dinner in Madrid was fantastic, filled with fun, good food, and flamenco dancing. My favorite
dishes of the night were the tuna salad and tortilla. It was the perfect ending to our trip, even if it
started to rain heavily on our way home. I enjoyed watching the numerous styles of flamenco
dances performed and was surprised to learn that both the music and dancing were improvised.
Before arriving at the hotel, I stopped at Mercado de San Miguel to try horchata. Interestingly, it
had hints of carrots- but it was nonetheless delicious. Arriving at the hotel, I completed my
packing and confirmed my flight for the following morning. Soon after packing, our group
decided to meet across the street from our hotel at McDonald’s for a final goodbye before
departing early the next morning. It was a bittersweet meeting, but I was intrigued to learn that
many of our members were continuing their travels across the world this summer. Thankfully, we
would be able to maintain our bonds via social media and school and hear of each other’s
upcoming adventures. Back at the hotel, the group prepared for our early flights and bus ride to
the airport. Hopefully, we are all able to wake up early!

May 21: Exploring Flea Markets, Museums, and Botanical Gardens

Every Sunday for more than 250 years, Madrid has held a huge, open flea market in the streets of La Latina known as ‘el Rastro de Madrid’. As a connoisseur of secondhand and antique shopping, Sunday was one of my most anticipated days of our trip to Madrid. Despite knowing of the market prior to my arrival, I was still blown away by the variety, size, culture, and atmosphere that the Rastro offered. I explored the market on my own for a few hours, buying all kinds of things for myself and for my friends and family back home. What I was most impressed by though, was the huge selection of leather and denim available at the market – all of which was not only cheap, but great quality as well. For a while now, I’ve been looking for a new leather jacket and leather vest, and I was able to find both there for under 30 euros.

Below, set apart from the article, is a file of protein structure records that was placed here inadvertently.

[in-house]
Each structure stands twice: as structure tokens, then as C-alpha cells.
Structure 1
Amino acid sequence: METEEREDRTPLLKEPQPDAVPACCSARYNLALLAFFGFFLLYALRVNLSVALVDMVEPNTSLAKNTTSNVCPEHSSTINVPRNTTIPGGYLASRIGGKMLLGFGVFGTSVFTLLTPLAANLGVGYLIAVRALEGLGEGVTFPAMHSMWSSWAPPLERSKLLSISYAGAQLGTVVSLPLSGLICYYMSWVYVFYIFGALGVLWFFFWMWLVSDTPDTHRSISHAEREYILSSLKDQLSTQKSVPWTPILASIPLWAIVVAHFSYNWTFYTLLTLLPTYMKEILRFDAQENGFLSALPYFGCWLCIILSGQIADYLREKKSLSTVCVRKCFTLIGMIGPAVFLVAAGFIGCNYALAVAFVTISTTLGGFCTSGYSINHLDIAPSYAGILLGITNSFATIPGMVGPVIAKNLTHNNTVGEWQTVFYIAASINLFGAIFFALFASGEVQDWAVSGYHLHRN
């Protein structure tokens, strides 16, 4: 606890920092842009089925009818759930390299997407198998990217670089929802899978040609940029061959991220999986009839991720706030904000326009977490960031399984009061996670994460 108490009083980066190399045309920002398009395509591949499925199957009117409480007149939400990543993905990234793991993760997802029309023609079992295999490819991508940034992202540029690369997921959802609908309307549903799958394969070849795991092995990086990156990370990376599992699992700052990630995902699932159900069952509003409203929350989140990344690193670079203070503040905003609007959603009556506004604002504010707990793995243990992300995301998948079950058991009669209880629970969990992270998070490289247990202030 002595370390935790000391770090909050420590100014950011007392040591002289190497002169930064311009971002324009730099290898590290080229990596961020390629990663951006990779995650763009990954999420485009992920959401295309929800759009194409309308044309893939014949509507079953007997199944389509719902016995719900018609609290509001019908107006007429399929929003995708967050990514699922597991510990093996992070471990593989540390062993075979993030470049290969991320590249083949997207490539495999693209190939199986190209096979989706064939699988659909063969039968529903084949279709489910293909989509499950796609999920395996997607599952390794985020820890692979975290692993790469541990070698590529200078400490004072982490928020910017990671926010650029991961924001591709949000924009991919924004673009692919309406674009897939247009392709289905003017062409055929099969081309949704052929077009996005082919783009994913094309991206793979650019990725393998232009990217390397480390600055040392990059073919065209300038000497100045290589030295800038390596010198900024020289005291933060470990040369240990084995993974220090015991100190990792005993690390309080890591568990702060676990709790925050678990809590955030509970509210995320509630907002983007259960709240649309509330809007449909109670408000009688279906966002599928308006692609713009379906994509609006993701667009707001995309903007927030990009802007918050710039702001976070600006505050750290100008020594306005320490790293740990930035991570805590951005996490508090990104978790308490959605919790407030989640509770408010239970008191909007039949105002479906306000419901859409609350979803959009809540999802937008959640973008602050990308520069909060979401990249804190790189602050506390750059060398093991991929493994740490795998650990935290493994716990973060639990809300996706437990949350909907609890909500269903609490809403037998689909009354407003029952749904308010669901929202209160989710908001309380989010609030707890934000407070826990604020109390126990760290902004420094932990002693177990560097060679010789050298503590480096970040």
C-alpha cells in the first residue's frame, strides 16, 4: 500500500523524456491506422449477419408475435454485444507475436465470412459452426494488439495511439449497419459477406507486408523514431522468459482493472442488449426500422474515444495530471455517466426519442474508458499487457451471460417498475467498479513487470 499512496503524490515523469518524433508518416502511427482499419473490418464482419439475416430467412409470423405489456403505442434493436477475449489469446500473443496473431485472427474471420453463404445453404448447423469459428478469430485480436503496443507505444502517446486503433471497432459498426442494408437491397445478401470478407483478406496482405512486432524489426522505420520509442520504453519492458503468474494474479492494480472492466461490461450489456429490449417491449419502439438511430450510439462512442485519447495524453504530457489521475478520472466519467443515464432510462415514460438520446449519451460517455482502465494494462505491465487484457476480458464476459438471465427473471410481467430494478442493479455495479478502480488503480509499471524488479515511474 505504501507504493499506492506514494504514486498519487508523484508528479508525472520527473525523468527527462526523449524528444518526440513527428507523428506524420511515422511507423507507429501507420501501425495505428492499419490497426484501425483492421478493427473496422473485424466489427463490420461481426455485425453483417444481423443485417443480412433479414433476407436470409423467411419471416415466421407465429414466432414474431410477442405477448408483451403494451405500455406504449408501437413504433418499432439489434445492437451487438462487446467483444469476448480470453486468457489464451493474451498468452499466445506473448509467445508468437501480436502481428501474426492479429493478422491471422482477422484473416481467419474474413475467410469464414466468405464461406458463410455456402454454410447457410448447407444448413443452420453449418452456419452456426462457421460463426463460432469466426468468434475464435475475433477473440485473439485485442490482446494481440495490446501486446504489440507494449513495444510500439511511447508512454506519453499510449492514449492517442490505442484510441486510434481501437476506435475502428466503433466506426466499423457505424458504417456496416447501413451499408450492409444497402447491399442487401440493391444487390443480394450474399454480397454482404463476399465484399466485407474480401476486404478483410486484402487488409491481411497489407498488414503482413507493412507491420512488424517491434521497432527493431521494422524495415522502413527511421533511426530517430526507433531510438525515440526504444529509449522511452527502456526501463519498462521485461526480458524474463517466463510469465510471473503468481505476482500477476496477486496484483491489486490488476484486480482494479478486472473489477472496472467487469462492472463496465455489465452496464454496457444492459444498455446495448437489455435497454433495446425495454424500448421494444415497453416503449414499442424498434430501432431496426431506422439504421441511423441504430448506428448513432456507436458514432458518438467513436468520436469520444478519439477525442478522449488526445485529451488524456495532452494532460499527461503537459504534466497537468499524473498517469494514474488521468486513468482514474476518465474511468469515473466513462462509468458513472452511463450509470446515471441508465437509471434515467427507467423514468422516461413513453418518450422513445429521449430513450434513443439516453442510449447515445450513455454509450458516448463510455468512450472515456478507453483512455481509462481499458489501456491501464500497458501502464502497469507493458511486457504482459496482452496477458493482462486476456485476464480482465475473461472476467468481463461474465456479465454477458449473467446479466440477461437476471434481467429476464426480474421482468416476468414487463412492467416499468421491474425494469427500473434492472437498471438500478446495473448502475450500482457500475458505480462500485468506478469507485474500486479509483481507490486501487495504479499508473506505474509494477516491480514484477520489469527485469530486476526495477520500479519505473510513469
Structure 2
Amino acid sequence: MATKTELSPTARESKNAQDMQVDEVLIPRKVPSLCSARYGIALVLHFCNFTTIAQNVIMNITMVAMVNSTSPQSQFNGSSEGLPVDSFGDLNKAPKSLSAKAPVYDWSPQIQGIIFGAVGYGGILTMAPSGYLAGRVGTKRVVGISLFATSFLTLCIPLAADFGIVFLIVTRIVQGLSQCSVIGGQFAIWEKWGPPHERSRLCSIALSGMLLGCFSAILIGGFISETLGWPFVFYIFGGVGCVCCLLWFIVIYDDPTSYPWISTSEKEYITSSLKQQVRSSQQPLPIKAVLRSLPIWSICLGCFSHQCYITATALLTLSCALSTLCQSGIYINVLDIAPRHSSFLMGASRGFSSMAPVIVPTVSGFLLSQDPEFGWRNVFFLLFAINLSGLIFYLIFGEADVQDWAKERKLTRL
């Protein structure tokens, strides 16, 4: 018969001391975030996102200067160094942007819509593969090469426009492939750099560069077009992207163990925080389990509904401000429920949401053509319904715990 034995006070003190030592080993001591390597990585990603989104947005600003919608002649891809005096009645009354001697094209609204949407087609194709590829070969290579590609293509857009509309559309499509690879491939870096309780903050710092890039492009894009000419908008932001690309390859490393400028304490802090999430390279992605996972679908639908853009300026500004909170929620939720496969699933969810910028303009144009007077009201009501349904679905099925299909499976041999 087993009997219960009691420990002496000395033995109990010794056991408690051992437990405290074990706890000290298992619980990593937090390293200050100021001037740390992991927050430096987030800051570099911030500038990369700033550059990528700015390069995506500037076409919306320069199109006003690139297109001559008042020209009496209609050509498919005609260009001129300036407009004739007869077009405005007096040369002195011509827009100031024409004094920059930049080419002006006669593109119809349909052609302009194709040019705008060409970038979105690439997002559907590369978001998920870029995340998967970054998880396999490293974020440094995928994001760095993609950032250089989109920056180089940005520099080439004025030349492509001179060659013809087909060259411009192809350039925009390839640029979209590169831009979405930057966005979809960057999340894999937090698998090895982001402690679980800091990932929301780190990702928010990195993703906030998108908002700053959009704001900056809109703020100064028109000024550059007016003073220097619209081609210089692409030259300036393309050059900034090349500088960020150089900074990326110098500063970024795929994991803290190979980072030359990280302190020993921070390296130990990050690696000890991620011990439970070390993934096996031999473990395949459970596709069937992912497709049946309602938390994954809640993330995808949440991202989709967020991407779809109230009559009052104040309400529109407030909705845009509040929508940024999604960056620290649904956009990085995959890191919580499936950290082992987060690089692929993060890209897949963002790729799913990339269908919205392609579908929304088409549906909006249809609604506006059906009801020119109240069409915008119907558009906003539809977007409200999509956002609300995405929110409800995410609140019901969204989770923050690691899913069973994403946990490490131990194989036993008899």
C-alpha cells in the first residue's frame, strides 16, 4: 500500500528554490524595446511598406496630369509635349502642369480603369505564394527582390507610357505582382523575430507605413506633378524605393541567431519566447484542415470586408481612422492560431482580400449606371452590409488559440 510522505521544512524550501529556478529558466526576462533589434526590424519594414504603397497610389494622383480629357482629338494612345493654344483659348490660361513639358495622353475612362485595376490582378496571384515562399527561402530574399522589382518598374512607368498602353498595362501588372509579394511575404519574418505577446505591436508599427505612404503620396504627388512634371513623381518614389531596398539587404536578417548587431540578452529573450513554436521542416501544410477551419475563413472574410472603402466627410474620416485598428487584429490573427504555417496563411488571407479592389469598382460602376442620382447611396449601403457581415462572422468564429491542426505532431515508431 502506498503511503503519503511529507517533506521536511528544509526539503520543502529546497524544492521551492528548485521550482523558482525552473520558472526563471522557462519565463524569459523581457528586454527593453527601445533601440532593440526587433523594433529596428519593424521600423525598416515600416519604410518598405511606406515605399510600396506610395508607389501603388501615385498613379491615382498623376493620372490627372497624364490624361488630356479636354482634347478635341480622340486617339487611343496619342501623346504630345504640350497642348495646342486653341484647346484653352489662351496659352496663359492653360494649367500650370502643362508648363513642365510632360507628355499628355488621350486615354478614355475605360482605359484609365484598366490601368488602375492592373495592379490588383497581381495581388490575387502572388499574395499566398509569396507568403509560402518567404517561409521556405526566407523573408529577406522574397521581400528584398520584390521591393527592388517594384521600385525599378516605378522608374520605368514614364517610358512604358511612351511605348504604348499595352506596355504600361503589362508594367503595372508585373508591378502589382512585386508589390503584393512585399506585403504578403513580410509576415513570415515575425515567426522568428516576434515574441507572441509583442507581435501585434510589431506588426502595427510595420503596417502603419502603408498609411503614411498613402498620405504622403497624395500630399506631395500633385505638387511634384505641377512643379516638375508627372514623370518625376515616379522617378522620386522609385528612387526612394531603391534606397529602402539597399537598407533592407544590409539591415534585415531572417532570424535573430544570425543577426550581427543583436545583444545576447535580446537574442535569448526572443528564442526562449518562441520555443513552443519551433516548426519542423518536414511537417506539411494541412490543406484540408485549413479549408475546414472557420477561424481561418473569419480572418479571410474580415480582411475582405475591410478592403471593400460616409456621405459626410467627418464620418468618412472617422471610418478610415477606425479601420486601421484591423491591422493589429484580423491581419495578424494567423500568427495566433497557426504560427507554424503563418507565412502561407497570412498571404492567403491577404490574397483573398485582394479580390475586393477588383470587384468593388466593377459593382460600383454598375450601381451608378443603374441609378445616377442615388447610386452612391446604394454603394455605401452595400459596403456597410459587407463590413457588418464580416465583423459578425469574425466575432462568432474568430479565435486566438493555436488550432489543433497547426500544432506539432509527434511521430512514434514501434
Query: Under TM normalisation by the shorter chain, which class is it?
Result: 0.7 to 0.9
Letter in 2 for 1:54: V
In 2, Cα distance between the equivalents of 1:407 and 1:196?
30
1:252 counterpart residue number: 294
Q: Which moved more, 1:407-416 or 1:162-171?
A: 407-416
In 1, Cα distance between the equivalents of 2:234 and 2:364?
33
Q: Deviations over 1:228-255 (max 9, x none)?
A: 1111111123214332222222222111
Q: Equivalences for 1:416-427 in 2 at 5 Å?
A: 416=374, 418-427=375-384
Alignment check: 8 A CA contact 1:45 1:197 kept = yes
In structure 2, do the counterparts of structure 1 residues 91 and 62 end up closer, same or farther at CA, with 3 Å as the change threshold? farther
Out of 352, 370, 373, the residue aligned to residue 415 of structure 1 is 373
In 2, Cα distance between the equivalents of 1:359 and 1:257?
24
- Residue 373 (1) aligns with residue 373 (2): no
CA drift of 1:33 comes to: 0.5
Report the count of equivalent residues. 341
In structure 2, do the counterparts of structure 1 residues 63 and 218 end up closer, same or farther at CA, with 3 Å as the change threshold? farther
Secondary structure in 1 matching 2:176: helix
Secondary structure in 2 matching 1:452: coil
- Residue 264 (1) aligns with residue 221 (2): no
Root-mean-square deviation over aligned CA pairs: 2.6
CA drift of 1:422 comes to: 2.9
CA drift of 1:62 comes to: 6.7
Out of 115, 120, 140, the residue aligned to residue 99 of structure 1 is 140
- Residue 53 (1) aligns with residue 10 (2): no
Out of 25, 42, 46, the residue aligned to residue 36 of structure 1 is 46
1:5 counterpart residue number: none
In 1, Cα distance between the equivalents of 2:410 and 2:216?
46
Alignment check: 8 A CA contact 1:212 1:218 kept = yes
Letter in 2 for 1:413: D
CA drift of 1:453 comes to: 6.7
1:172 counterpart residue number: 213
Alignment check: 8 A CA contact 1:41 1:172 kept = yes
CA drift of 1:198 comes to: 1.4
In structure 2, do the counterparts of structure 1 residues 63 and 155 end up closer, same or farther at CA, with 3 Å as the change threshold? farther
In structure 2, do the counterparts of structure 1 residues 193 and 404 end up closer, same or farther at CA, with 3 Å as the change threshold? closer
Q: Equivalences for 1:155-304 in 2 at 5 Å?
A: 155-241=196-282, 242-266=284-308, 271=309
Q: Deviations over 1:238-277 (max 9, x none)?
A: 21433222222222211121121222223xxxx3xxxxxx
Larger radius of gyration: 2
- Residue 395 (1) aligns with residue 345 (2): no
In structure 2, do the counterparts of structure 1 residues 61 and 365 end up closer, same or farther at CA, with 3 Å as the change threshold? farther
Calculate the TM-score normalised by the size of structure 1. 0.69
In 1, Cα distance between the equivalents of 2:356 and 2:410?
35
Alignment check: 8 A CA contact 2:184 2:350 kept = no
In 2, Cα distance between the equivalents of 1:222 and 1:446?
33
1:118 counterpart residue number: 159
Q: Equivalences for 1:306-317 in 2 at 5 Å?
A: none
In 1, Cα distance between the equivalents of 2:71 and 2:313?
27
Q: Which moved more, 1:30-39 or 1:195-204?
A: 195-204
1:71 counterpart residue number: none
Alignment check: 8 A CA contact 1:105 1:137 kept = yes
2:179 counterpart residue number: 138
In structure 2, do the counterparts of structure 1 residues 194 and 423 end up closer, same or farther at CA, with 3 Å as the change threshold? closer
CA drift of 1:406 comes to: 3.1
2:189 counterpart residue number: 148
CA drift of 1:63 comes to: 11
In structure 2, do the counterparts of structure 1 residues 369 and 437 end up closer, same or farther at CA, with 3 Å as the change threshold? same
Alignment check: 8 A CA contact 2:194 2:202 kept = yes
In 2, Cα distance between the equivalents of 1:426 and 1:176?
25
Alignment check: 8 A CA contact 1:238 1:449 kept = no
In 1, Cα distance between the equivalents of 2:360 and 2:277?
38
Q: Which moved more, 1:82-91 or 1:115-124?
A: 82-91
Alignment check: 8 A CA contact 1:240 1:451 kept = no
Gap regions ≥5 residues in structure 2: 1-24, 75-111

After exhausting myself from shopping at the market, I headed to Pum Pum Cafe for brunch. On weekends, this cafe offers a brunch deal that comes with coffee, freshly squeezed orange juice, homemade croissants, yogurt parfait with fresh fruit, and avocado toast with a fried egg all for only 12 euros. Though a simple meal, it was one of my favorites from the trip because it was delicious and fresh. Normally I’m not a huge fan of croissants or orange juice, but this meal changed my mind. One thing I noticed about eating food in Spain is that the ingredients are always local and fresh – unlike in the U.S. where most food is heavily processed and filled with preservatives.  

After lunch, I headed over to Real Jardín Botanico, a botanical garden right outside of the Prado Museum. The garden was huge and had a massive variety of different plants: including flowers, bonsai trees, trees, bushes, etc. All of which had plaques with information about them. Whether or not you’re into botany, walking through the garden is a relaxing and worthwhile experience. 

After finishing my stroll through the botanical garden, I headed over to the Prado Museum; which was one of the places I was most excited to visit in Madrid. I’m a big fan of art and visiting art museums, and this was my first time going to a big, well-known art museum outside of my own country. The museum is huge and a bit hard to navigate, so I definitely didn’t get to see everything (despite spending several hours there). However, I was most excited to see the museum’s extensive collection of Francisco Goya’s works, as well as Diego Velázquez’ “Las Meninas” – both of which I was blown away by.  

Before visiting the museum, I knew little about Goya and his works, but I still wanted to see them. Seeing his paintings in person, I got to see how his art progressed over time and I fell in love instantly. At the beginning of his career, he mainly painted portraits of royal and wealthy families, as he held a position as a court painter to the Spanish crown. Later on in his career however, his work became darker and much more personalized; with subjects such as war disasters, witches, insane asylums, and political corruption. It’s always interesting to see how an artist’s work can reflect their feelings and experiences during the time they were made. My knowledge of Spanish history helped me understand more the paintings that he made, and the paintings he made also helped me better understand the Spanish history that they reflect. My favorite part of the museum was the room that featured 12 works from Goya’s “black paintings” collection, as those were my favorites of his works. The room was lit darkly, creating an atmosphere that matched the paintings beautifully. 

After spending several hours in the museum (and way too long in the gift shop), my last destination for the night was dinner. I went with a group of a few other students to an Argentinian restaurant called “Parrilla El Gaucho”. To be honest, it definitely wasn’t the greatest food I had while in Madrid, but it was pretty good. Most of us got pasta, including myself.  

Though it was a bit exhausting packing so much into one day, Sunday was definitely one of my favorite days of the trip. From the market, to the museum, to the garden, and even the food; everything was very culturally enriching for me and I’m so happy I was able to experience it all. I hope that one day I can go back to that market again, because I would spend every Sunday there if I lived in Madrid.